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At first blush, Griftlands looks like one of many Slay the Spire clones. It’s also a deck-builder roguelite, where players make choices about their encounters and rewards, comparable to Slay the Spire’s dungeon floor pathways, and fight opponents in turn-based combat using a deck of upgradable cards. But like all of Klei’s games, Griftlands is also entirely, inventively new.
Griftlands is a science fiction western, set in the scummy world of Havaria, full of grifters and scammers trying to get rich or just get by. Starter character Sal (there are two additional characters to unlock) is a twin-blade carrying bounty hunter, out for blood against debt-broker Kashio. Gameplay marries Slay the Spire-like elements with a point and click map that offers various quests, as well as options to heal, over the course of five days—with each of these days acting as a section of a climb. Quests are often time sensitive, and each evening caps with a boss fight.
But here’s the kicker: in Griftlands, your choices and actions permanently change the fabric of the game, for the duration of the run. Every room you enter in Havaria’s Murder Bay—busting in like some kind of cyborg cowboy—will have an array of characters you can ally with, piss off, or simply pass the time talking to. And every job you take comes with an array of options from carrying it off as promised, to selling out (or murdering) your employer, bribing a guard, blackmailing allies, or simply taking the money and running.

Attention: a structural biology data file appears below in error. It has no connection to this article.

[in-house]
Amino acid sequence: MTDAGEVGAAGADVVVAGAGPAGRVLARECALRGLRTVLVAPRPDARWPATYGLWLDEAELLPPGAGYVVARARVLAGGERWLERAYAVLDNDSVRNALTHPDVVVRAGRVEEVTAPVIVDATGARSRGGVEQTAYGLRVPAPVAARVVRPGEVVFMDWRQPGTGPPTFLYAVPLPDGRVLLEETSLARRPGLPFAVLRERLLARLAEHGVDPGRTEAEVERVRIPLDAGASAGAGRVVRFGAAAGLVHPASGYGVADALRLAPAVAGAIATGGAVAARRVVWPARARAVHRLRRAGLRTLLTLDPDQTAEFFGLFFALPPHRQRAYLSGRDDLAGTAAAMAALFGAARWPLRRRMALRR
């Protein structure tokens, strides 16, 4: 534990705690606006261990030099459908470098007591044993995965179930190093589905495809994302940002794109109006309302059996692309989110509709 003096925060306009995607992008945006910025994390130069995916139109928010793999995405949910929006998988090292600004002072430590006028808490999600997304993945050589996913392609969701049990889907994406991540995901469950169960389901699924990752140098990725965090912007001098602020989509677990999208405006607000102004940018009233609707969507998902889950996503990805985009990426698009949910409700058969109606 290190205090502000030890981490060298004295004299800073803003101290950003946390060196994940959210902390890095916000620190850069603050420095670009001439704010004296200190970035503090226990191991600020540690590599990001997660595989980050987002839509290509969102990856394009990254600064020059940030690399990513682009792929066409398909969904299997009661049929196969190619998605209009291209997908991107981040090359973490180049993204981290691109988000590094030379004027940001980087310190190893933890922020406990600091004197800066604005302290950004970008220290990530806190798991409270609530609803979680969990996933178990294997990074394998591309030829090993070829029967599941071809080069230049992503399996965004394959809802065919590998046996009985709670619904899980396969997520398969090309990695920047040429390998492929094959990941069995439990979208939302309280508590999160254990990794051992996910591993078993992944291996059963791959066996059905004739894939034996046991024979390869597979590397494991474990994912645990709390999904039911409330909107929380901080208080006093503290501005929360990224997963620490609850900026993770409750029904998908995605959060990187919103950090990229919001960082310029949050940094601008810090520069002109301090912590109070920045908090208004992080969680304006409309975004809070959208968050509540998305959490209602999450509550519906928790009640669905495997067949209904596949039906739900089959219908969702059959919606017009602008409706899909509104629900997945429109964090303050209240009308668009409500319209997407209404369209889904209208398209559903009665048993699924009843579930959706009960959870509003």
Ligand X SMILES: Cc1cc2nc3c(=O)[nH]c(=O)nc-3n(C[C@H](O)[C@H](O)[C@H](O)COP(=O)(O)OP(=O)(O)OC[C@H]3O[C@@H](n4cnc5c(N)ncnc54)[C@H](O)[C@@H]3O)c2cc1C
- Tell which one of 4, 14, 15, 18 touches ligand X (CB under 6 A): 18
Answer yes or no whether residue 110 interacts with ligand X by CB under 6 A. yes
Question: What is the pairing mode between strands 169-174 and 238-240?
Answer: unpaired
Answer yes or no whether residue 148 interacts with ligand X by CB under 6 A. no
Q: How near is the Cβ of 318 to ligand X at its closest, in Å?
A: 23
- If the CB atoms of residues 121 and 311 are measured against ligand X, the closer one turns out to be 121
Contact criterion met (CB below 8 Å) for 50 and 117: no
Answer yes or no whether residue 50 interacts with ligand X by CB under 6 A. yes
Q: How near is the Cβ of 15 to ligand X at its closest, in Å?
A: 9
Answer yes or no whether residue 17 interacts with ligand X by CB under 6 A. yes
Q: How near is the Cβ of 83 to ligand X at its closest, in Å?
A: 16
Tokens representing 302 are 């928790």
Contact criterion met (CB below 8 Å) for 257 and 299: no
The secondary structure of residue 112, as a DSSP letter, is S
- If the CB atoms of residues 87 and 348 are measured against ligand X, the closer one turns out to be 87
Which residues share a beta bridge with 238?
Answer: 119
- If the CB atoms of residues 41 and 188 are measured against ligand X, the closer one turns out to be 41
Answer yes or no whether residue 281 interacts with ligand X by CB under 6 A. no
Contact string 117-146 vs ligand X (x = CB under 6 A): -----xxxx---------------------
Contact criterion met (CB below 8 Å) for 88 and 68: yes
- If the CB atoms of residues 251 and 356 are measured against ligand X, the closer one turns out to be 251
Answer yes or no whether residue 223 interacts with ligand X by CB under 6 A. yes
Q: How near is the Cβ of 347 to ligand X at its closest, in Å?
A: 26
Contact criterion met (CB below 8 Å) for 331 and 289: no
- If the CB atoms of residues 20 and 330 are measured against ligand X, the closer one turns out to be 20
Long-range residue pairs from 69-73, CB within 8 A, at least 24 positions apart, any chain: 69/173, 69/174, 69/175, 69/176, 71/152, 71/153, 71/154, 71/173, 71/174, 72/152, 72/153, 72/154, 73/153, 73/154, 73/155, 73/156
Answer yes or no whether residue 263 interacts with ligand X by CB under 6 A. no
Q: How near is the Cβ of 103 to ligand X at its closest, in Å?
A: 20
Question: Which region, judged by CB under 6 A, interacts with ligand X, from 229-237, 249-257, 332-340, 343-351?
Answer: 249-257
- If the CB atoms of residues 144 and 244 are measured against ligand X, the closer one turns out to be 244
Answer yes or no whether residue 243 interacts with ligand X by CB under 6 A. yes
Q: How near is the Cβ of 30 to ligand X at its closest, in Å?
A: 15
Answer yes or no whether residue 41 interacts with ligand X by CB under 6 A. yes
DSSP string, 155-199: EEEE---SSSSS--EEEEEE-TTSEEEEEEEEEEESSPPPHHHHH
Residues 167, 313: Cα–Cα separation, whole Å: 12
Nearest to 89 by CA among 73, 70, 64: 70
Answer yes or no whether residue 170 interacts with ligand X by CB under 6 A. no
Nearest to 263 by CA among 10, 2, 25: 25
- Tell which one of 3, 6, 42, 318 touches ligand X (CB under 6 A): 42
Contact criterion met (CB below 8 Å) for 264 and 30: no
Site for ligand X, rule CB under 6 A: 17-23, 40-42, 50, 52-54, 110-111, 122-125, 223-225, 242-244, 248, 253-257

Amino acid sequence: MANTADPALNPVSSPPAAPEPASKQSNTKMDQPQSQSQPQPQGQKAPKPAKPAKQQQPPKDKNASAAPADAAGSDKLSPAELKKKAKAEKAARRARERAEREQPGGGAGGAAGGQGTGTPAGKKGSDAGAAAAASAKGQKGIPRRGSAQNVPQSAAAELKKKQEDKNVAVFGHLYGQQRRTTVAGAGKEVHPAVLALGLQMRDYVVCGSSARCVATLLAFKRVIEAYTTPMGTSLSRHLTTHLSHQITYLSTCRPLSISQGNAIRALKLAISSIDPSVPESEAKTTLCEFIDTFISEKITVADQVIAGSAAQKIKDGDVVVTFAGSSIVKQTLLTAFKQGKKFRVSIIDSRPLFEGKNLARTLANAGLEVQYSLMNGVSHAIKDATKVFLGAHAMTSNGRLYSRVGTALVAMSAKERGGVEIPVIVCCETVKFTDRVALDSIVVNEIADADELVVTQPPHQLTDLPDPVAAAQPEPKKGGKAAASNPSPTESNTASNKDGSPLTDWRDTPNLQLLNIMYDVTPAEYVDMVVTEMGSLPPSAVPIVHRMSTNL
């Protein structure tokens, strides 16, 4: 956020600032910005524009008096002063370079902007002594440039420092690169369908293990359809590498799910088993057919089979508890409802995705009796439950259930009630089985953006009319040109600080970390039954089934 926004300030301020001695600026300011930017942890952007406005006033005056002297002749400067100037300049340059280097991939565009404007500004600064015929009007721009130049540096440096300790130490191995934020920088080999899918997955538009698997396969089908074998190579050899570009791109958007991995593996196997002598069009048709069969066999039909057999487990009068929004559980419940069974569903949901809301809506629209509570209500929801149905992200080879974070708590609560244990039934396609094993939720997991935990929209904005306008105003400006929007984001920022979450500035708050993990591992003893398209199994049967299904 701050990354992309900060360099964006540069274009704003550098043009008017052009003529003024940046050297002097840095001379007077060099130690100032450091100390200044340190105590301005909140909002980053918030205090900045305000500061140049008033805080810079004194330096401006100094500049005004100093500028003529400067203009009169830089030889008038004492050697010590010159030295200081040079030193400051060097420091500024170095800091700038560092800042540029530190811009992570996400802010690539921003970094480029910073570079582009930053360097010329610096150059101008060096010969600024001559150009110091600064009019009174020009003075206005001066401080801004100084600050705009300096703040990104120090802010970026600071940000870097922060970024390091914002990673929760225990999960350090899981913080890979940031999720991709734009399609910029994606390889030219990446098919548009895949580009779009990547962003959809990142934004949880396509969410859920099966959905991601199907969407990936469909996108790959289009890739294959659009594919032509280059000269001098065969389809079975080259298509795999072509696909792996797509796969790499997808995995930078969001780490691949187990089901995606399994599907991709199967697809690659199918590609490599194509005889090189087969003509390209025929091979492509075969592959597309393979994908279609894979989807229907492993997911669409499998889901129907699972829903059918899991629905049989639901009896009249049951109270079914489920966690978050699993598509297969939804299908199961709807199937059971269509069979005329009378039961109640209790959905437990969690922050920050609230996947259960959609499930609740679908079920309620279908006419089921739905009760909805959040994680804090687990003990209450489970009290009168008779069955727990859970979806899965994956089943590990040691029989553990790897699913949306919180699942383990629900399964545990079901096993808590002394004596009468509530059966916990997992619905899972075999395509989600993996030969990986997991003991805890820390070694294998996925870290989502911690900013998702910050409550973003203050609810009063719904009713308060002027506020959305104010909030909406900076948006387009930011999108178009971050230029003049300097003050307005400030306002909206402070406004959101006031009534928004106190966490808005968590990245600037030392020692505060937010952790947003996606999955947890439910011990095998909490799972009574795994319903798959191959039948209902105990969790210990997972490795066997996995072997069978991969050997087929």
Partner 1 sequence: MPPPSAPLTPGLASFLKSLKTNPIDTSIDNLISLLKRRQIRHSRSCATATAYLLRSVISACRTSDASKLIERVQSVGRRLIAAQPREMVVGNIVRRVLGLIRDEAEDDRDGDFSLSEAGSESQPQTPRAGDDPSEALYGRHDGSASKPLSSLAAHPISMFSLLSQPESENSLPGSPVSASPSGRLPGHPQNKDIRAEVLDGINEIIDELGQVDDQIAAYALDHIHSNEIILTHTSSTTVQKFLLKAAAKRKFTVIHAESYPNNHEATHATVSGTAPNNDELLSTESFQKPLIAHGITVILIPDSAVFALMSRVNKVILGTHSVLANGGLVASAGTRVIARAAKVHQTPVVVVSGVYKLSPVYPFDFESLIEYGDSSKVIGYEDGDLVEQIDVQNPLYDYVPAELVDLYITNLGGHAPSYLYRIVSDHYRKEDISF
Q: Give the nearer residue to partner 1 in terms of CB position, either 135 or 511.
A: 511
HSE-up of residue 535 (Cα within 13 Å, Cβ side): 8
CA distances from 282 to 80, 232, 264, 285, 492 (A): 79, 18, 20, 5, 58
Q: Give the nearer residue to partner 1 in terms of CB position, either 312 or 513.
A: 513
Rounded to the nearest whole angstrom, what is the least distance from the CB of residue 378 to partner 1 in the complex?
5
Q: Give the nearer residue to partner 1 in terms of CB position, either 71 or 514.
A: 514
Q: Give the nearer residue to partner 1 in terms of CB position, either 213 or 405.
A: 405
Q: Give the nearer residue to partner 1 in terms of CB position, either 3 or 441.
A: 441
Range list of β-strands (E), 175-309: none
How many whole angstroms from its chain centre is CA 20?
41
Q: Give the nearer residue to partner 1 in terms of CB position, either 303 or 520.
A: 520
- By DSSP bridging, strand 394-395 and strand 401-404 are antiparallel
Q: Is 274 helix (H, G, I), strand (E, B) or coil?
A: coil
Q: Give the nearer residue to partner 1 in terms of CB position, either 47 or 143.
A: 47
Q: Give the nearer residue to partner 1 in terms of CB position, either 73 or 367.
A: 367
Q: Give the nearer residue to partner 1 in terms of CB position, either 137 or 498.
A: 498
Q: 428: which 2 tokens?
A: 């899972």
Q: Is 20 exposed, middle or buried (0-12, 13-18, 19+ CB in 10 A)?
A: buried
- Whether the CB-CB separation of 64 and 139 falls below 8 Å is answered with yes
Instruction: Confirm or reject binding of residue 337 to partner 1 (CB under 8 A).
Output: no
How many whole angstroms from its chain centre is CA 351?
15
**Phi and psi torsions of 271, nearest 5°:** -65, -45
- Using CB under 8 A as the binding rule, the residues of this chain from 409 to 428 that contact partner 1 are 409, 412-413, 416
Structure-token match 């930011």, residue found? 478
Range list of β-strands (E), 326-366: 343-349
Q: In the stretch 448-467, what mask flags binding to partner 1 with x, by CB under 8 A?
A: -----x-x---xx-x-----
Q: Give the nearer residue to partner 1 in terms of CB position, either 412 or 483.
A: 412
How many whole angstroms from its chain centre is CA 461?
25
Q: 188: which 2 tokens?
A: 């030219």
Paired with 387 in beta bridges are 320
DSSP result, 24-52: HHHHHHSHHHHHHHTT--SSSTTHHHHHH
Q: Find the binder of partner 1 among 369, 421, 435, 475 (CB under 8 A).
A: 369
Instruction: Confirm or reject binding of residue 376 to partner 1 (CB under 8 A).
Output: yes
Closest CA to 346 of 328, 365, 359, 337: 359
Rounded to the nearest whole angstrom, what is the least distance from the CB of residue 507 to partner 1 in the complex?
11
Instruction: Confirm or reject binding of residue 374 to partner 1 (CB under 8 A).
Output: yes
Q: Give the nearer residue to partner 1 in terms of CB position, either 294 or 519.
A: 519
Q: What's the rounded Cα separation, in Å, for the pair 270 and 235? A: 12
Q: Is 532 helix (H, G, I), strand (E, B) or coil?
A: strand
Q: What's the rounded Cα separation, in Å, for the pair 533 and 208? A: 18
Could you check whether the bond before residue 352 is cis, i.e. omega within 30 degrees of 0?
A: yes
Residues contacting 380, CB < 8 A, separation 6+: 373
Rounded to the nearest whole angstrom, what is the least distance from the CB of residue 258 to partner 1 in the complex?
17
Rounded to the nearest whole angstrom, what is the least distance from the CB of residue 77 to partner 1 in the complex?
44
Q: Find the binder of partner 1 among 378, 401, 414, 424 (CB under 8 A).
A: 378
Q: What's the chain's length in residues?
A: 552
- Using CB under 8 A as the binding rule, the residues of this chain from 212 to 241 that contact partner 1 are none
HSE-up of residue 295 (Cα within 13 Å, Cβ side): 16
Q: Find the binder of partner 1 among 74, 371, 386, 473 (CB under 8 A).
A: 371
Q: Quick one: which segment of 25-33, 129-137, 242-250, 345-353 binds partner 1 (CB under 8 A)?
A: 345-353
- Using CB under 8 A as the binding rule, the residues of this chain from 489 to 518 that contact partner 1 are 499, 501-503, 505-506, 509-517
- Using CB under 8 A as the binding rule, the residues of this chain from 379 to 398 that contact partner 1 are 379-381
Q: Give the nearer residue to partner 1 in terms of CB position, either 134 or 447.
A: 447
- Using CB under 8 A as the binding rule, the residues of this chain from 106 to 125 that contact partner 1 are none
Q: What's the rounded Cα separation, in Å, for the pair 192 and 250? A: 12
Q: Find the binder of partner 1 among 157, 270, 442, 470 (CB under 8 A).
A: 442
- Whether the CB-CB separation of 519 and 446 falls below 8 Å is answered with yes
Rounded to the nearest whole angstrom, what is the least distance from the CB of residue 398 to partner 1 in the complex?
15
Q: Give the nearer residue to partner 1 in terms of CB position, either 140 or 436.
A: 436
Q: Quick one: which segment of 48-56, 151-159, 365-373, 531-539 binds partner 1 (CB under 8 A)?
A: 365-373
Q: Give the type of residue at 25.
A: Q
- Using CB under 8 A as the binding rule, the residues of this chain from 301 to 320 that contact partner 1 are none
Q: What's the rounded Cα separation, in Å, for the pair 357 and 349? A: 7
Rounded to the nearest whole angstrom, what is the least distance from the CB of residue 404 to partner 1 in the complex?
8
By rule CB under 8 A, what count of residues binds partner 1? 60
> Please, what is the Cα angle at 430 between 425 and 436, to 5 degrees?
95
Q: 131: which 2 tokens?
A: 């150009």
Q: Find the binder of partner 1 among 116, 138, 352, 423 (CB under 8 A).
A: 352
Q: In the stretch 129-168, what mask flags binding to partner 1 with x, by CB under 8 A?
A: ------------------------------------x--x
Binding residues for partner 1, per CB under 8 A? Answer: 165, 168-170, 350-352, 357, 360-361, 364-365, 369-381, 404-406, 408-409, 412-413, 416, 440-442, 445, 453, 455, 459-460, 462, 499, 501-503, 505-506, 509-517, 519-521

A basic gameplay path might look like this: you’re picking up a package for Grog N’ Dog bartender Fssh, but when you get to the port you’re blocked by a guard. Do you negotiate access, bribe him to look the other way, or attack him? Because you’re a bounty hunter for hire, your reputation is your life—and there’s no way to pussyfoot around the impact of your decisions. Choose to work for one client and the other will hate you. This impacts everything from shop prices, whether someone will back you up in a scuffle, or adds passive “love” or “hate” boons that impact gameplay. These consequences may feel harsh, but end up helping Griftlands avoid the bloat that can plague games where players can align with any and all factions. The result is a delightfully responsive world, where every move leaves a mark.